If the superintendent intended to isolate and emasculate the school board, he couldn’t have been more effective than his current course of action. The most disturbing element of these groups constructed by our superintendent is that they are being allowed and even encouraged by a board that doesn’t recognize how its own authority and avenues of information are being curtailed and undermined.

Here is the primary symptom of a lack of meaningful elected oversight: a $69.3 million budget for 16/17 was approved by the budget committee last night after only two meetings with the full budget. The proposed budget is up 1.5% over this current year’s budget.  Three new deans were added to the high school administration, a behaviorist, and one teacher/management position added to the music department in the proposed 16/17 budget. Enrollment in the district is expected to decline by 148 students next year.

Twenty-three positions were cut from the budget but despite my direct inquiries, the superintendent would not say how many of these cut positions were actually filled. TRSD has long carried an undisclosed number of vacant positions in the budget.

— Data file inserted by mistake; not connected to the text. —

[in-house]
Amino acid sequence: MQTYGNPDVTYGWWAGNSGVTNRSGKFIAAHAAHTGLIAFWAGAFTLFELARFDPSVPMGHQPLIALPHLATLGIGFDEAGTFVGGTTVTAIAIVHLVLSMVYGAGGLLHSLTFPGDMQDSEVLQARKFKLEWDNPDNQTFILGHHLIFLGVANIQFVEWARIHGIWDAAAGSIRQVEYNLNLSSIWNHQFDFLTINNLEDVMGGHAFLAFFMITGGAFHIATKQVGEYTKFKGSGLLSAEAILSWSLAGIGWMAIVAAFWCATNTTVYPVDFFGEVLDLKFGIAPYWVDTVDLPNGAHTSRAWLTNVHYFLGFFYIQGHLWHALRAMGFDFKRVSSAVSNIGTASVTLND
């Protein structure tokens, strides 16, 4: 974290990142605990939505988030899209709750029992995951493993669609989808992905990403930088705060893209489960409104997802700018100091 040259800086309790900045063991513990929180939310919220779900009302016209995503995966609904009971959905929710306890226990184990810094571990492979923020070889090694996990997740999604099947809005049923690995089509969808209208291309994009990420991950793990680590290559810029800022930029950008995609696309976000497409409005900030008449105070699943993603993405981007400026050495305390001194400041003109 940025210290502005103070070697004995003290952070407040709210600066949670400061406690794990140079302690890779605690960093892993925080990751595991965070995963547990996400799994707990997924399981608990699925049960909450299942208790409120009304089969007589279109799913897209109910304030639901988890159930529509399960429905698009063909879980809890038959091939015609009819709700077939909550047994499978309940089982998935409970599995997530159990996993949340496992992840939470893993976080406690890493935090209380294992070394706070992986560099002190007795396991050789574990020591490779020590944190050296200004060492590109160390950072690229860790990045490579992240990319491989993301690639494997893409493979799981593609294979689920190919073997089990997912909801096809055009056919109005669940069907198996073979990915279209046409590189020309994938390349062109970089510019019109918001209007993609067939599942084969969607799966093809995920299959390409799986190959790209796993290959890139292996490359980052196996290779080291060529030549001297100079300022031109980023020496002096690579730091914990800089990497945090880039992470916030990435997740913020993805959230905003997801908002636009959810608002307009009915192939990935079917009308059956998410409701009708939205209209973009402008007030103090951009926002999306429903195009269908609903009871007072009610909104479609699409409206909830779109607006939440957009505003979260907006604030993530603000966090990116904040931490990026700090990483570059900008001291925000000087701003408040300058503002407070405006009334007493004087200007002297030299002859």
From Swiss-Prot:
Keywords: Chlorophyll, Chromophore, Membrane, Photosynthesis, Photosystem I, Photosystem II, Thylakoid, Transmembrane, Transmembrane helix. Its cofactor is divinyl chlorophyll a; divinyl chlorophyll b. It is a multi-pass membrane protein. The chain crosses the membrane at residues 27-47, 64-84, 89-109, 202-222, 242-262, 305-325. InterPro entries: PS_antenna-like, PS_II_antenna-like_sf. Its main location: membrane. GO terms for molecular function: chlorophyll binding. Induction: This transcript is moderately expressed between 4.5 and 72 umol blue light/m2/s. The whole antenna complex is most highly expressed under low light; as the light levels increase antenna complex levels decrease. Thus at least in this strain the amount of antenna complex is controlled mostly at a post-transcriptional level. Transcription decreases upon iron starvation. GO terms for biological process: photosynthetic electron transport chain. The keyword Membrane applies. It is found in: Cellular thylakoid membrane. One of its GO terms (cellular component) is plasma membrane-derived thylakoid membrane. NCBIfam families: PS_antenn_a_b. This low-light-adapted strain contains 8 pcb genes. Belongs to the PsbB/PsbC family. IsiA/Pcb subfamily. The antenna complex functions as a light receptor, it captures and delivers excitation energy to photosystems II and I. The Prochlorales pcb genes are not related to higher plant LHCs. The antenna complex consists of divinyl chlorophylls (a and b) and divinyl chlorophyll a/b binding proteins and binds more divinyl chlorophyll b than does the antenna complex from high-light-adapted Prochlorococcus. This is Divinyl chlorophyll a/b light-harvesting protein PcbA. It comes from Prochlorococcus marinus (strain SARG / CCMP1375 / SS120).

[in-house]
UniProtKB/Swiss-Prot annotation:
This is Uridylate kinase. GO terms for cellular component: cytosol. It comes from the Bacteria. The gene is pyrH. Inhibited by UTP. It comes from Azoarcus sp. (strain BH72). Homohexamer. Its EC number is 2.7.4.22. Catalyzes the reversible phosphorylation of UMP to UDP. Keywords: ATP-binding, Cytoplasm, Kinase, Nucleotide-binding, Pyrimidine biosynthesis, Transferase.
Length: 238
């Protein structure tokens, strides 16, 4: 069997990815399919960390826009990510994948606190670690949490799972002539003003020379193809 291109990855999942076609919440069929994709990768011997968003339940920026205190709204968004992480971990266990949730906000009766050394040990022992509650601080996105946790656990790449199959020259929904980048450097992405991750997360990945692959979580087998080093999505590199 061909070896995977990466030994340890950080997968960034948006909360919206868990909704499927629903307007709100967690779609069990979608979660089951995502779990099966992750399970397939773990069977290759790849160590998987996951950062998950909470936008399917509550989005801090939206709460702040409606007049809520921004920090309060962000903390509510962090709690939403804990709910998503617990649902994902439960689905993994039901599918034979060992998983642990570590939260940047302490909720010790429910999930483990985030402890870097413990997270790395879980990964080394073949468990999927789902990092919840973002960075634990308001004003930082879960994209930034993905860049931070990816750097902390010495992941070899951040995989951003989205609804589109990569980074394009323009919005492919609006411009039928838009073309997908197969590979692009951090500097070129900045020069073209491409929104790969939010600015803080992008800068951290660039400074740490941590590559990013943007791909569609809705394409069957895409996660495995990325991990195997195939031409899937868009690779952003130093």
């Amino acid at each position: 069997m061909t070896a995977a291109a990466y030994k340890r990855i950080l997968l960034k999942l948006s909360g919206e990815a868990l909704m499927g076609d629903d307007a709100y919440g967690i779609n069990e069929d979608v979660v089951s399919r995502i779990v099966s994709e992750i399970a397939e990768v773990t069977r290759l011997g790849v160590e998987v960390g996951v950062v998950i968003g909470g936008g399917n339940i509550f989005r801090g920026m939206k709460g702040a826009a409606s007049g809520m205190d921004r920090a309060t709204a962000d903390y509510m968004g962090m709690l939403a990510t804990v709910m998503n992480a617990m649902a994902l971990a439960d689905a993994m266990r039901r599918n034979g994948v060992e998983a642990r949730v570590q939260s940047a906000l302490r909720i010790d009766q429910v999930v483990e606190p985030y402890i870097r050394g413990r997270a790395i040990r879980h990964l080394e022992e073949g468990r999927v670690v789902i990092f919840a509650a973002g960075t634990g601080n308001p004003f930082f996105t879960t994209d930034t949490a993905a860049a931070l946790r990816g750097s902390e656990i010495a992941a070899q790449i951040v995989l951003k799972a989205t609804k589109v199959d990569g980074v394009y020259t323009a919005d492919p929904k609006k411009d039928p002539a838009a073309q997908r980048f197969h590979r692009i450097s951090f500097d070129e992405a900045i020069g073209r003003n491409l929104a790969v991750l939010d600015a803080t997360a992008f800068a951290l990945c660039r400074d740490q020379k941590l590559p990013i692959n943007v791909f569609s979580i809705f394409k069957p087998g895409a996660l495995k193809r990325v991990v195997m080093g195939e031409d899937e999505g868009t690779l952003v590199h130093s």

Going to warrant in March will most likely be a new teacher’s contract and a few facilities upgrades.

 

 

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5 Comments

Filed under Budget Committee, School Board Functioning, Taxes, The Mushroom Farm

5 responses to “Many Steps Too Far

  1. Mark Acciard

    Why is a special panel necessary to handle parent complaints and suggestions? Are there so many that the admin can’t handle it? OR, is this the means of avoiding having to directly hear and act upon them?

    • These advisory committees also tie up administrators. It is no wonder we need more and more administrators and their workload is so heavy – they are attending an explosion of advisory committee meetings. It is also a way a having school board members yell, “Enough! We can’t attend all these meetings….” and so, out of consideration for “volunteers,” school board presence is no longer needed for many of these meetings thus leaving the school board more and more isolated.